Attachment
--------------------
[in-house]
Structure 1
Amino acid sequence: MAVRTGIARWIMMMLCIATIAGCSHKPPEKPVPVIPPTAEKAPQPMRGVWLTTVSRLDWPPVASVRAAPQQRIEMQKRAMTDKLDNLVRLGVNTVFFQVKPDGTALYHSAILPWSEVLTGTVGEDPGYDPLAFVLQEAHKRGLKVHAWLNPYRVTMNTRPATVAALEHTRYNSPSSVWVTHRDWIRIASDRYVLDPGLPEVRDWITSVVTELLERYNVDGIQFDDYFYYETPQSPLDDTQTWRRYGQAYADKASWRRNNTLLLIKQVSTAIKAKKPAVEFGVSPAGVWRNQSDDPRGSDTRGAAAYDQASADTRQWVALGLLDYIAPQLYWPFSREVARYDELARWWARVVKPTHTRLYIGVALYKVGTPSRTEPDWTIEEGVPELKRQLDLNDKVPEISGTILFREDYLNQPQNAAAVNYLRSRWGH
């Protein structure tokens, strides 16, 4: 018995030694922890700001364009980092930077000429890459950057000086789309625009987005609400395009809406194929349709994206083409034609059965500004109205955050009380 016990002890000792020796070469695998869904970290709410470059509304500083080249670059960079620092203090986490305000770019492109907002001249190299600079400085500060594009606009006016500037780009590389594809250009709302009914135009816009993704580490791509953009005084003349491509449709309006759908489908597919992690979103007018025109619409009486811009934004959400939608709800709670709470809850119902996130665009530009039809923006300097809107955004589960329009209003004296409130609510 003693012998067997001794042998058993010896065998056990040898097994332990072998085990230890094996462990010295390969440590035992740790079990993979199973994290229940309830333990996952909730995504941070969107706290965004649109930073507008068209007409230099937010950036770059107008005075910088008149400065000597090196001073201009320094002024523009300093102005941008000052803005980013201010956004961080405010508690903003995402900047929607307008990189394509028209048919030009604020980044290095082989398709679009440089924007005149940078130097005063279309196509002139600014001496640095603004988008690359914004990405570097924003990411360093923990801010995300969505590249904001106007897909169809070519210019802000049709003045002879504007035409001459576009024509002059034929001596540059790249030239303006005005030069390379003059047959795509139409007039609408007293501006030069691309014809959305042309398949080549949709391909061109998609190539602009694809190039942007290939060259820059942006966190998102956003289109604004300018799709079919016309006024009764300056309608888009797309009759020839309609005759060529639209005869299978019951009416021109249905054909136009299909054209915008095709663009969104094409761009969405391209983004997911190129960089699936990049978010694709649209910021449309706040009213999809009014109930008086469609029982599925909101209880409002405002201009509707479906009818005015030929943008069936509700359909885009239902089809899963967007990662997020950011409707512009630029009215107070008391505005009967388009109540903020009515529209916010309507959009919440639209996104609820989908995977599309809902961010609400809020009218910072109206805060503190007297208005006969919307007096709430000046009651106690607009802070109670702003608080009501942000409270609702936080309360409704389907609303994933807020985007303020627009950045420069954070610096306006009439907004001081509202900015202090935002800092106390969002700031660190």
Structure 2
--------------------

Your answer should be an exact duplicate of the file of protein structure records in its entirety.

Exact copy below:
[in-house]
Structure 1
Amino acid sequence: MAVRTGIARWIMMMLCIATIAGCSHKPPEKPVPVIPPTAEKAPQPMRGVWLTTVSRLDWPPVASVRAAPQQRIEMQKRAMTDKLDNLVRLGVNTVFFQVKPDGTALYHSAILPWSEVLTGTVGEDPGYDPLAFVLQEAHKRGLKVHAWLNPYRVTMNTRPATVAALEHTRYNSPSSVWVTHRDWIRIASDRYVLDPGLPEVRDWITSVVTELLERYNVDGIQFDDYFYYETPQSPLDDTQTWRRYGQAYADKASWRRNNTLLLIKQVSTAIKAKKPAVEFGVSPAGVWRNQSDDPRGSDTRGAAAYDQASADTRQWVALGLLDYIAPQLYWPFSREVARYDELARWWARVVKPTHTRLYIGVALYKVGTPSRTEPDWTIEEGVPELKRQLDLNDKVPEISGTILFREDYLNQPQNAAAVNYLRSRWGH
């Protein structure tokens, strides 16, 4: 018995030694922890700001364009980092930077000429890459950057000086789309625009987005609400395009809406194929349709994206083409034609059965500004109205955050009380 016990002890000792020796070469695998869904970290709410470059509304500083080249670059960079620092203090986490305000770019492109907002001249190299600079400085500060594009606009006016500037780009590389594809250009709302009914135009816009993704580490791509953009005084003349491509449709309006759908489908597919992690979103007018025109619409009486811009934004959400939608709800709670709470809850119902996130665009530009039809923006300097809107955004589960329009209003004296409130609510 003693012998067997001794042998058993010896065998056990040898097994332990072998085990230890094996462990010295390969440590035992740790079990993979199973994290229940309830333990996952909730995504941070969107706290965004649109930073507008068209007409230099937010950036770059107008005075910088008149400065000597090196001073201009320094002024523009300093102005941008000052803005980013201010956004961080405010508690903003995402900047929607307008990189394509028209048919030009604020980044290095082989398709679009440089924007005149940078130097005063279309196509002139600014001496640095603004988008690359914004990405570097924003990411360093923990801010995300969505590249904001106007897909169809070519210019802000049709003045002879504007035409001459576009024509002059034929001596540059790249030239303006005005030069390379003059047959795509139409007039609408007293501006030069691309014809959305042309398949080549949709391909061109998609190539602009694809190039942007290939060259820059942006966190998102956003289109604004300018799709079919016309006024009764300056309608888009797309009759020839309609005759060529639209005869299978019951009416021109249905054909136009299909054209915008095709663009969104094409761009969405391209983004997911190129960089699936990049978010694709649209910021449309706040009213999809009014109930008086469609029982599925909101209880409002405002201009509707479906009818005015030929943008069936509700359909885009239902089809899963967007990662997020950011409707512009630029009215107070008391505005009967388009109540903020009515529209916010309507959009919440639209996104609820989908995977599309809902961010609400809020009218910072109206805060503190007297208005006969919307007096709430000046009651106690607009802070109670702003608080009501942000409270609702936080309360409704389907609303994933807020985007303020627009950045420069954070610096306006009439907004001081509202900015202090935002800092106390969002700031660190």
Structure 2